After Hoffman began removing the tree, Todd demanded that Hoffman’s workers stop and then Todd contacted the police. Kim subsequently terminated the contract with TWA because Kim could not secure a construction loan using TWA as the contractor. Todd sued Kim and TWA for trespass, negligence, and damage related to work on the eucalyptus tree. Kim then filed a cross-complaint against TWA for comparative negligence and equitable indemnity among other claims. TWA filed a cross-complaint against Kim alleging a breach of contract. Todd eventually settled with Kim and TWA.

Before the trial on the remaining claims began, Kim filed a motion in limine seeking an offer of proof from TWA as to whether Hoffman had a valid license. Kim contended that B&P section 7031(b) requires that TWA disgorge $10,000 Kim paid for the tree-removal work if it was performed by an unlicensed subcontractor. The trial court ruled that B&P section 7031(a) barred TWA from “collecting compensation for services performed by the subcontractor for the tree trimming, if, in fact, the subcontractor was unlicensed at the relevant time.” Following trial, the trial court entered judgment in favor of Kim and ordered TWA to disgorge the $10,000 Kim paid for the unlicensed tree-removal work. The court also awarded Kim $137,921 in attorney fees, $22,505.16 in expert witness fees, and $18,196 for their contributory negligence and indemnity claims.

TWA appealed the trial court’s ruling, arguing that the trial court erred as a matter of law by applying B&P section 7031 to its pretrial ruling and that the ruling caused TWA to forfeit its claim for compensation from Kim for the value of the tree work. The Appellate Court rejected TWA’s argument, emphasizing that “[t]he purpose of the licensing law is to protect the public from incompetence and dishonesty in those who provide…construction services.”

The Court reasoned that permitting a contractor to recover compensation for the performance of unlicensed work, “simply because the work was accomplished by hiring a subcontractor, would circumvent the purpose of B&P section 7031 and render meaningless the B&P section 7031 expansive definition of contractor to include work performed ‘by or through others.’” The Court ultimately affirmed the trial court’s ruling and held that B&P section 7031 “bars even a licensed general contractor in California from bringing an action for compensation for an act or contract performed by an unlicensed subcontractor where a license is required.” Therefore, the Court held that TWA must disgorge all payments by Kim for the unlicensed tree-removal work.

As highlighted by this decision, a contractor’s failure to hire a subcontractor who is duly licensed for its scope of work can be a costly mistake that could be discovered after project completion. Thus, as discussed below, it is not only important for contractors to understand the scope of a contractor’s disgorgement liability, but it is also important to understand how long a contractor is subject to disgorgement claims under B&P section 7031.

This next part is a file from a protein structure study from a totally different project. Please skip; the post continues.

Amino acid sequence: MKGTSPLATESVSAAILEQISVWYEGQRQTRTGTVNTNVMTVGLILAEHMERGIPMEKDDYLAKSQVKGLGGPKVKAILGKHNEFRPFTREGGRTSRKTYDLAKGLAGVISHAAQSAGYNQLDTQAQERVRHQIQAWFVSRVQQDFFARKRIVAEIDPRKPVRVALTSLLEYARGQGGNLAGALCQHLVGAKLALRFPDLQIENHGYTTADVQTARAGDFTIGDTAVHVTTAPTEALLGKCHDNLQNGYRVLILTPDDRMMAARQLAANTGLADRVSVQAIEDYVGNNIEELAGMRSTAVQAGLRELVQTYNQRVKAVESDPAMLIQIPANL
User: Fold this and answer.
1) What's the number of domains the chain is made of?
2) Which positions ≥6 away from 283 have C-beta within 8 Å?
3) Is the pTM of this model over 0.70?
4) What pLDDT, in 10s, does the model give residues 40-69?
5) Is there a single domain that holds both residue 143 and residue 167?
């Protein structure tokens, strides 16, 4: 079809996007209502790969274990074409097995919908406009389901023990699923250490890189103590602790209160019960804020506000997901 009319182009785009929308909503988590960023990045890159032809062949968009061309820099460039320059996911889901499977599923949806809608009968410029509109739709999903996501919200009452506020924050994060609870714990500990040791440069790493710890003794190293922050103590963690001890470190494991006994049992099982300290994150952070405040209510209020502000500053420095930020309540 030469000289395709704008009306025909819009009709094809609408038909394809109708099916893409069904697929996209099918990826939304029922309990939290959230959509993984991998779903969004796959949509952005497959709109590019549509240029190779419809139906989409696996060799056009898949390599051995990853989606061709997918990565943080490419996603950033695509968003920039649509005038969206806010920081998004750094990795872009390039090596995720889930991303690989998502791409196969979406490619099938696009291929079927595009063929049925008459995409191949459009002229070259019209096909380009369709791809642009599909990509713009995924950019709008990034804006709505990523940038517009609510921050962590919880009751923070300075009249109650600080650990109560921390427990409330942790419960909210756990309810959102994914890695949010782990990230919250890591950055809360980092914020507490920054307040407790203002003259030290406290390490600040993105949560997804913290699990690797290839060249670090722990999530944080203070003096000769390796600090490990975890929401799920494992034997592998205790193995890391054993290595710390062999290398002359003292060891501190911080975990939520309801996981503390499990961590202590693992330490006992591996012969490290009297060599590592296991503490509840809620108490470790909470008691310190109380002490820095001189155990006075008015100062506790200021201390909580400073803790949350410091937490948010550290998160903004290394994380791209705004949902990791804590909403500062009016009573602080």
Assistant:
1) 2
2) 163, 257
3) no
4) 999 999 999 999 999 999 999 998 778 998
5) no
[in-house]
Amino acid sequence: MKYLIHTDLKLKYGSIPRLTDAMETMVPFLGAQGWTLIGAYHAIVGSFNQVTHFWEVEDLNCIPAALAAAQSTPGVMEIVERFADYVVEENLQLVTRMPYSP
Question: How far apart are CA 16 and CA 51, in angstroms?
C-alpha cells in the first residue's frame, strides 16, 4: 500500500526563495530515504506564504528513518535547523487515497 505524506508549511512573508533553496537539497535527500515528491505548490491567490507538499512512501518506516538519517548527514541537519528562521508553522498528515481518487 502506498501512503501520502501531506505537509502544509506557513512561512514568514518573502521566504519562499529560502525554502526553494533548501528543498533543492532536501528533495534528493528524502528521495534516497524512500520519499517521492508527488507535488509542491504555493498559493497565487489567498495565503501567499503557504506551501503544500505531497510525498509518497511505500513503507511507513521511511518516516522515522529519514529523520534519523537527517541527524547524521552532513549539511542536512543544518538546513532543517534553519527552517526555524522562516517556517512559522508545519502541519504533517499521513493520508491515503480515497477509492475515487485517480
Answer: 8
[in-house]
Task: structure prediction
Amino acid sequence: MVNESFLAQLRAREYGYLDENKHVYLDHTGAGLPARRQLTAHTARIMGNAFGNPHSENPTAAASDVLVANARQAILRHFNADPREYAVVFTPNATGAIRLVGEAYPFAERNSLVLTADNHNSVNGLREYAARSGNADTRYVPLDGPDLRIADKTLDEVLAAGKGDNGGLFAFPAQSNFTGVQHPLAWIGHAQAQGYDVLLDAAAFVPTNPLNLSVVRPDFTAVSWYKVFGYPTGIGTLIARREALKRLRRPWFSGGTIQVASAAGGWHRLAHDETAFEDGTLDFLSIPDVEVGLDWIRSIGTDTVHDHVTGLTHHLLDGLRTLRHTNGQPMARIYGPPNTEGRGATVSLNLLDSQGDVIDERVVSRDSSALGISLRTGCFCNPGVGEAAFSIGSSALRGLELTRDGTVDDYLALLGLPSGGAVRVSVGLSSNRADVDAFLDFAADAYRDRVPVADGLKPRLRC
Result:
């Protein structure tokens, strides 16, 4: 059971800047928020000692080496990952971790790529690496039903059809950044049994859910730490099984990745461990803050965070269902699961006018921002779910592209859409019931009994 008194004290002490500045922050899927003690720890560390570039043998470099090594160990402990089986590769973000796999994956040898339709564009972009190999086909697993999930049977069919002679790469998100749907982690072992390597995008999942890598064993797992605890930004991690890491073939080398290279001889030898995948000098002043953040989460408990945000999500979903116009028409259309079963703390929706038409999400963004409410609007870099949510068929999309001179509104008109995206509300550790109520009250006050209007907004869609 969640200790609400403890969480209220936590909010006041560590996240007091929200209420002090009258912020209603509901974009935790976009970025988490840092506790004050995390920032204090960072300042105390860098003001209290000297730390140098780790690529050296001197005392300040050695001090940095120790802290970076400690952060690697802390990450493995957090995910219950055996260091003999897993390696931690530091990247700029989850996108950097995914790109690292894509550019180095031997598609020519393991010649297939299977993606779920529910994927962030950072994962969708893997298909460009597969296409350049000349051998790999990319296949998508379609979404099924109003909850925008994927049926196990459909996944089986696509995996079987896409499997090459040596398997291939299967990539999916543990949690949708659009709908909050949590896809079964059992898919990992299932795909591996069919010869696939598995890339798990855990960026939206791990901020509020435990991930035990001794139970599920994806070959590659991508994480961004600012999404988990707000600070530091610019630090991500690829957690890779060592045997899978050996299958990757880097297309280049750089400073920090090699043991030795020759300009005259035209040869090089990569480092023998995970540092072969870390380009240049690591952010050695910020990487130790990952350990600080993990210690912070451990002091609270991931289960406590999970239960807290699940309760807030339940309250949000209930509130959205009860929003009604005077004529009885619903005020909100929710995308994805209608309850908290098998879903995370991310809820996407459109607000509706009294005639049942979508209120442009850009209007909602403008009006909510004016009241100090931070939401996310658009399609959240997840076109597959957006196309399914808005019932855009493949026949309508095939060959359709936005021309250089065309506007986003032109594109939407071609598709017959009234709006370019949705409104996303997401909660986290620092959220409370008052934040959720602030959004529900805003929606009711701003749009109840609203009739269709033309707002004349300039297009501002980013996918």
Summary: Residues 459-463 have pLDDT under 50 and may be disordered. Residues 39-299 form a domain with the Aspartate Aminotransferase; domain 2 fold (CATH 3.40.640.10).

The One Year Statute of Limitations for Disgorgement Claims Under B&P section 7031(b) After Eisenberg v. Suffolk

Eisenberg Village v. Suffolk Construction (2020) 53 Cal.App.5th 1201 presented two issues of first impression for the California Court of Appeal regarding disgorgement claims under B&P section 7031(b). First, the Court needed to determine the applicable statute of limitations for B&P section 7031(b) disgorgement claims. Then, the Court had to decide when these claims began to accrue. In short, the Court held that a one-year limitation applies and that the statutory period begins to accrue upon completion of the construction work or when the contractor ceases work on the project.

This case involved a dispute between the Eisenberg Village of the Los Angeles Jewish Home for the Aging (“Eisenberg”) and Suffolk Construction Company, Inc. (“Suffolk”). In 2007, Eisenberg contracted with Suffolk to build a 108-unit, assisted-living facility. Upon completion of the project in 2010, numerous issues arose at the facility. Suffolk worked on repairing these issues until 2014. Once Suffolk completed the repairs, Eisenberg began investigating claims against Suffolk.

Under California law, contractor entities must qualify for a license through a qualifier. A qualifier may be a responsible managing officer or a responsible managing employee (“RME”). The RME must have construction experience and be actively engaged in supervising the project. Under B&P section 7068.2(a), a contractor’s failure to employ a bona fide RME automatically suspends the contractor’s license. In 2014, Eisenberg discovered that Suffolk’s RME had transferred to Suffolk’s Boston office in the latter half of 2008. Eisenberg alleged that Suffolk’s RME did not exercise direct supervision over the project upon transferring, and therefore Suffolk was not duly licensed as a contractor at all times during the project. In May 2015, five years after the completion of the project, Eisenberg filed a B&P section 7031(b) disgorgement claim against Suffolk to recoup all payments made to Suffolk for its work on the project.